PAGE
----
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James Chance, No Wave Icon & the Contortions Saxophonist, Dies at 71

The musician's health had been in decline for several years, according to his brother, David Siegfried.

James Chance, alto saxophone, performs at the Winston on 30th September 1996 in Amsterdam, Netherlands.

James Chance, alto saxophone, performs at the Winston on 30th September 1996 in Amsterdam, Netherlands.

Frans Schellekens/Redferns

James Chance, the singer-saxophonist of the Contortions and Teenage Jesus and the Jerks, who helped launch the No Wave scene in the late 1970s, has died. He was 71.

News of Chance’s passing was confirmed by his brother, David Siegfried, and shared through the late punk-funk artists’s Facebook page on Tuesday (June 18).


“His death was announced by his brother David Siegfried of Chicago, who did not specify a cause of death but noted that the musician’s health had been in decline for several years,” the lengthy post reads. “His final live performance is believed to have taken place in March 2019 in Utrecht, the Netherlands.”

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Chance, who was known for blending jazz, punk and funk, died June 18 at Terence Cardinal Cooke Health Care Center in New York, according to the statement.

Born James Alan Siegfried in Milwaukee, Chance began playing piano while attending a Catholic elementary school and later took up the alto saxophone in his late teenage years. During his education at Michigan State University and Milwaukee’s Wisconsin Conservatory of Music, he formed the jazz band James Siegfried Quintet and the Stooges-influenced Death.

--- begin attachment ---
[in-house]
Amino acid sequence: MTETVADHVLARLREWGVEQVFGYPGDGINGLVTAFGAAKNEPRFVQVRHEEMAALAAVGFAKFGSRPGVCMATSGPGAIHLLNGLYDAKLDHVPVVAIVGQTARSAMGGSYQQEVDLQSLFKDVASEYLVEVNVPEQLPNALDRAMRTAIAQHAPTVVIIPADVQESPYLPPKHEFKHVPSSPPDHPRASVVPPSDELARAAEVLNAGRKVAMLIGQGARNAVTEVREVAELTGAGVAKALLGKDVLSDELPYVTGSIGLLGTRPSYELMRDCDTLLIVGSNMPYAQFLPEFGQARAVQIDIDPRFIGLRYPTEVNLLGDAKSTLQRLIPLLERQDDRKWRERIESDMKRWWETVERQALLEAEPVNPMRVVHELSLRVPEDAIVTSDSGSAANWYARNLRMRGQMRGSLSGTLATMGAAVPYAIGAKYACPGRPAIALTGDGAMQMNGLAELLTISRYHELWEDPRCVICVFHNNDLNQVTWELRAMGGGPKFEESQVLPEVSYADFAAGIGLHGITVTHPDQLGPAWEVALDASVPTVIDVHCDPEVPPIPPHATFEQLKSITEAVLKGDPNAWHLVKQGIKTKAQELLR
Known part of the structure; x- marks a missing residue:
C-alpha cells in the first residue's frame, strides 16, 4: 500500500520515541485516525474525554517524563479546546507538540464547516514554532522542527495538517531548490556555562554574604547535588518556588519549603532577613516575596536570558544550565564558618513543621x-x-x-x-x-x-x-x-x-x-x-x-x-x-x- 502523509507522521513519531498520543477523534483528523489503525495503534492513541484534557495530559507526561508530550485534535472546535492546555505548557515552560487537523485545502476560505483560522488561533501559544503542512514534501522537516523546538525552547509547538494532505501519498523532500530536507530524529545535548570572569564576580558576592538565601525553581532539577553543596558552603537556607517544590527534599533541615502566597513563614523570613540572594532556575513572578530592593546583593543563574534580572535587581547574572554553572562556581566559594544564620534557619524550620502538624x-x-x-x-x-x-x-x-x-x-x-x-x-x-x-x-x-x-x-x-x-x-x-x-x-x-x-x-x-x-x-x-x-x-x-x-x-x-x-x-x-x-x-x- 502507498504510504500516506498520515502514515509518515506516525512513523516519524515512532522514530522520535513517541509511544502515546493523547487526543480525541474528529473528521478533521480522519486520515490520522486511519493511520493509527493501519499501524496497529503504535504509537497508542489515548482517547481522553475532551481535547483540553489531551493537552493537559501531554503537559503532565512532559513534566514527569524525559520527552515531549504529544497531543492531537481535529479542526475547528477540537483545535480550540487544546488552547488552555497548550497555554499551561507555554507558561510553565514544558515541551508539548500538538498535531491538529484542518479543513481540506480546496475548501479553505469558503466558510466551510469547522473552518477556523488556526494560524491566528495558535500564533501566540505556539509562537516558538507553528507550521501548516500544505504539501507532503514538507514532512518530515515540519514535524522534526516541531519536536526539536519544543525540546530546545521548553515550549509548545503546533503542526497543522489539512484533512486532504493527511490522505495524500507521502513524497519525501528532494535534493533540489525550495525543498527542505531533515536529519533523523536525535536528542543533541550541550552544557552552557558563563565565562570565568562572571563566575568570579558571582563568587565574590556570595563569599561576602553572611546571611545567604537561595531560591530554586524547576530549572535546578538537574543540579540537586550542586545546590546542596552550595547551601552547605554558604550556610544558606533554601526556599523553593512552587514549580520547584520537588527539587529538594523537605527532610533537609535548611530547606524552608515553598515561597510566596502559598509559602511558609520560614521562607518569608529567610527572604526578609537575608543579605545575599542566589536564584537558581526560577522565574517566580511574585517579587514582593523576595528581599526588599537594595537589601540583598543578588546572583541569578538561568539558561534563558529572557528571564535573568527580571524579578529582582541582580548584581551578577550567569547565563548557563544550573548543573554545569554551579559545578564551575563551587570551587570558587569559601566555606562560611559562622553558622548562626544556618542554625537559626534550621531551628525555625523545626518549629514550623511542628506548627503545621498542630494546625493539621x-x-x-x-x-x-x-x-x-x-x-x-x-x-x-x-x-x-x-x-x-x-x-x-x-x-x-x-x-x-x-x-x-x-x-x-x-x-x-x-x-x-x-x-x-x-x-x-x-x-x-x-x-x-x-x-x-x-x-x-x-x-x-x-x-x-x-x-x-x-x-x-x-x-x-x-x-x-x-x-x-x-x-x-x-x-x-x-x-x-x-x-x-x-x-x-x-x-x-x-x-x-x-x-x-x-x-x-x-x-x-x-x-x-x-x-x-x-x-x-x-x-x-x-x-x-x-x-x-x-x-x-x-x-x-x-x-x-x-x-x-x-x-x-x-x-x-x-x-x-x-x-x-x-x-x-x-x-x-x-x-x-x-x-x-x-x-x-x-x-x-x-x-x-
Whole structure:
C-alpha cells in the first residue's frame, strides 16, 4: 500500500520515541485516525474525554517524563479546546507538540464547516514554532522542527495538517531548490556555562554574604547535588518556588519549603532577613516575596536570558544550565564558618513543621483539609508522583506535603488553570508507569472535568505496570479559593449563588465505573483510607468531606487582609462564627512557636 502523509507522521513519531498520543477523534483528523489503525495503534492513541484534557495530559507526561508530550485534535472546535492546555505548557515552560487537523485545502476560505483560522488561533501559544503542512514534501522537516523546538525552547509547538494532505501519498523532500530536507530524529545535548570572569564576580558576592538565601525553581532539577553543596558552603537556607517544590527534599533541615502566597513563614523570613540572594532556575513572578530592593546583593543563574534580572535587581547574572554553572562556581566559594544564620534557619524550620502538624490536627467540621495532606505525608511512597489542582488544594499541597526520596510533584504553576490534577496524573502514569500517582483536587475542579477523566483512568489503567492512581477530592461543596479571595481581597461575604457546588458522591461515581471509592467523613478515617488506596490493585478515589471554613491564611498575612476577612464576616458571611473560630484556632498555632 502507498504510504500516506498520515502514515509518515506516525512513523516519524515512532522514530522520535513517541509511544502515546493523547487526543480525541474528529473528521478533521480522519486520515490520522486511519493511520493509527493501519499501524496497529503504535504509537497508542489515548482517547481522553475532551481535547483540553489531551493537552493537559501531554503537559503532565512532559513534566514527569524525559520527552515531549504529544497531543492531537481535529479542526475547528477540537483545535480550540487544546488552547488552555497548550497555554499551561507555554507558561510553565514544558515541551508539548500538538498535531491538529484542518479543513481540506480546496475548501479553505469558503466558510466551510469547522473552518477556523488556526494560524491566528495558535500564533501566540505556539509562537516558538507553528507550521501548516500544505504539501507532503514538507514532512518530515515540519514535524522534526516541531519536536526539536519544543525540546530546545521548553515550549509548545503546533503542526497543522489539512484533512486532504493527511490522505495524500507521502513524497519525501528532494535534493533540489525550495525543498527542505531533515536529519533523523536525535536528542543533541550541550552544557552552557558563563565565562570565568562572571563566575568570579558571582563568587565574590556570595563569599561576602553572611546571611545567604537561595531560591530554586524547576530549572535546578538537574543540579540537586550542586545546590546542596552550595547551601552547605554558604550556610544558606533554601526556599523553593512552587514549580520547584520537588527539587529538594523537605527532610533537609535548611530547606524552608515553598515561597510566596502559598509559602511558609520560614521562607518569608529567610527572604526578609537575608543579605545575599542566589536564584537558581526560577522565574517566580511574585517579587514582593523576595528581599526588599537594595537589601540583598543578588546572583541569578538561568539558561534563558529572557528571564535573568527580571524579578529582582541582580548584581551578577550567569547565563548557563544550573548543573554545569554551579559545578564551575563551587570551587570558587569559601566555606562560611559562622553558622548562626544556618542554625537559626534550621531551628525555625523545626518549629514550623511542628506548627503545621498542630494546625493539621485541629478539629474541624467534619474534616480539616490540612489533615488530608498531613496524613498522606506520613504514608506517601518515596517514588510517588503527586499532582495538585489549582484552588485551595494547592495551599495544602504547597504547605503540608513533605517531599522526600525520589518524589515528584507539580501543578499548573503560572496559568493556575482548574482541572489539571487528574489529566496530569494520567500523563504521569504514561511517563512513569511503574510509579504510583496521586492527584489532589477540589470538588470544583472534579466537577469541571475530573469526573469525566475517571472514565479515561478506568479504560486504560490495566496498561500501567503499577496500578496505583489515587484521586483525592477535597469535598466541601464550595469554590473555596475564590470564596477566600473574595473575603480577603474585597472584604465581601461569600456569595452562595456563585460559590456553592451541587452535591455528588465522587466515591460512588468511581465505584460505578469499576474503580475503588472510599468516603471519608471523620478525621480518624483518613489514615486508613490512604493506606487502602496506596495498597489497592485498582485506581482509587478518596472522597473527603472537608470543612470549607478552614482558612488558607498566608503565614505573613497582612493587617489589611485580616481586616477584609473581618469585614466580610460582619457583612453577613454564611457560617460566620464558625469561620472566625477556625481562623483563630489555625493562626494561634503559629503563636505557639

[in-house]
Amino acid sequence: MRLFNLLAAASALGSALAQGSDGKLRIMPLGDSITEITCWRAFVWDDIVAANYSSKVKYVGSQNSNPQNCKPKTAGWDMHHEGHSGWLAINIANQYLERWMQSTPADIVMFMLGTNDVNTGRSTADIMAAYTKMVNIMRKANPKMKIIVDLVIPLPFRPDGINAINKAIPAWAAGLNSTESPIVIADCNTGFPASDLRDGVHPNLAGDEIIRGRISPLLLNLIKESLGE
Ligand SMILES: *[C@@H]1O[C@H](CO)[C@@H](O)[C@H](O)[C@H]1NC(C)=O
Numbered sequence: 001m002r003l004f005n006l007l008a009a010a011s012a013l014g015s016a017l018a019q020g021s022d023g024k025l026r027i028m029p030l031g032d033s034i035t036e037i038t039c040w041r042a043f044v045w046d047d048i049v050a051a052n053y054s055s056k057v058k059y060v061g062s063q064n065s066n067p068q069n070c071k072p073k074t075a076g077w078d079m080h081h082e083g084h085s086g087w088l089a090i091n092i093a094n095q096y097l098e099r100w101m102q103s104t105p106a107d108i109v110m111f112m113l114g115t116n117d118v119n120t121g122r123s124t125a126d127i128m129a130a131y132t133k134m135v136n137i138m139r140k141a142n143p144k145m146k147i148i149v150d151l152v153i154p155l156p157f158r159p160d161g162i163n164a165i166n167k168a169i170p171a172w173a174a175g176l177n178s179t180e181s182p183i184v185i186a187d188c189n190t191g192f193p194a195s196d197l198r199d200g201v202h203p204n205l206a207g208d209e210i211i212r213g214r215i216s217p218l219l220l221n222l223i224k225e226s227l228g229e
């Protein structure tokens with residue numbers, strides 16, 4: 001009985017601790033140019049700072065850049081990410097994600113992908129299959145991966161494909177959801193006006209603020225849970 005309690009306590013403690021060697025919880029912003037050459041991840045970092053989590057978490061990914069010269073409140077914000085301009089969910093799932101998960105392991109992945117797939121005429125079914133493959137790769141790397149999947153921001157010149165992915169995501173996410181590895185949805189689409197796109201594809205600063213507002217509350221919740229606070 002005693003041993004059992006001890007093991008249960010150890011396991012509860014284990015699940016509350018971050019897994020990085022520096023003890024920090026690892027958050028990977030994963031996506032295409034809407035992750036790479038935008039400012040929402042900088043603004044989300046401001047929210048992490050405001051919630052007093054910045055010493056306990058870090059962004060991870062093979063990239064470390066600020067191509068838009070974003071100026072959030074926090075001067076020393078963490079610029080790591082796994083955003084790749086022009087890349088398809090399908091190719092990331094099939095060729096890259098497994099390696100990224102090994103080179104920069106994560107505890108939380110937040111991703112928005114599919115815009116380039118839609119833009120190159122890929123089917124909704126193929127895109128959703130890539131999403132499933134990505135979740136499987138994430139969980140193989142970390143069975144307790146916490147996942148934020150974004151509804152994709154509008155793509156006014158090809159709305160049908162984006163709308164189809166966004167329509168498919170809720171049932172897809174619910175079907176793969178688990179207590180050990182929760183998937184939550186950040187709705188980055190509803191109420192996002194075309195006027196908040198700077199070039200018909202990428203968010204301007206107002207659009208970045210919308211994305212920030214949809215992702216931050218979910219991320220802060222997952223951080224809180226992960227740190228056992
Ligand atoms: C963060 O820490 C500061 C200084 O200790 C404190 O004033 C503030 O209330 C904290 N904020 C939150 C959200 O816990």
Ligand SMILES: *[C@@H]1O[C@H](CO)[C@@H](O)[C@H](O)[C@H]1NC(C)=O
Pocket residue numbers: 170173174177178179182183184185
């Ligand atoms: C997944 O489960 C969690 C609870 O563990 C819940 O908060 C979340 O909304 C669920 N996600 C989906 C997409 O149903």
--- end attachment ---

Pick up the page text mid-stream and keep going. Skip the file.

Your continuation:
In 1975, Chance moved to New York, where he officially began using his stage name, and a year later formed the influential group Teenage Jesus and the Jerks with singer Lydia Lunch. In 1977, after studying with saxophonist David Murray, he formed the first version of the Contortions. The group released its debut album, Buy, in 1979. Chance was known for his confrontational stage presence and known to start fights with members of the crowd.

The Contortions broke up in 1979 and Chance reunited with some members of the band in 2003 for a series of shows, including All Tomorrow’s Parties in Los Angeles. They later toured together in the following years. Chance also performed with the Chicago band Watchers.

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He is survived by his mother, Jean Siegfried; brother, David Siegfried; and sisters, Jill Siegfried and Mary (Randy) Koehler.

This article was originally published by Billboard U.S.

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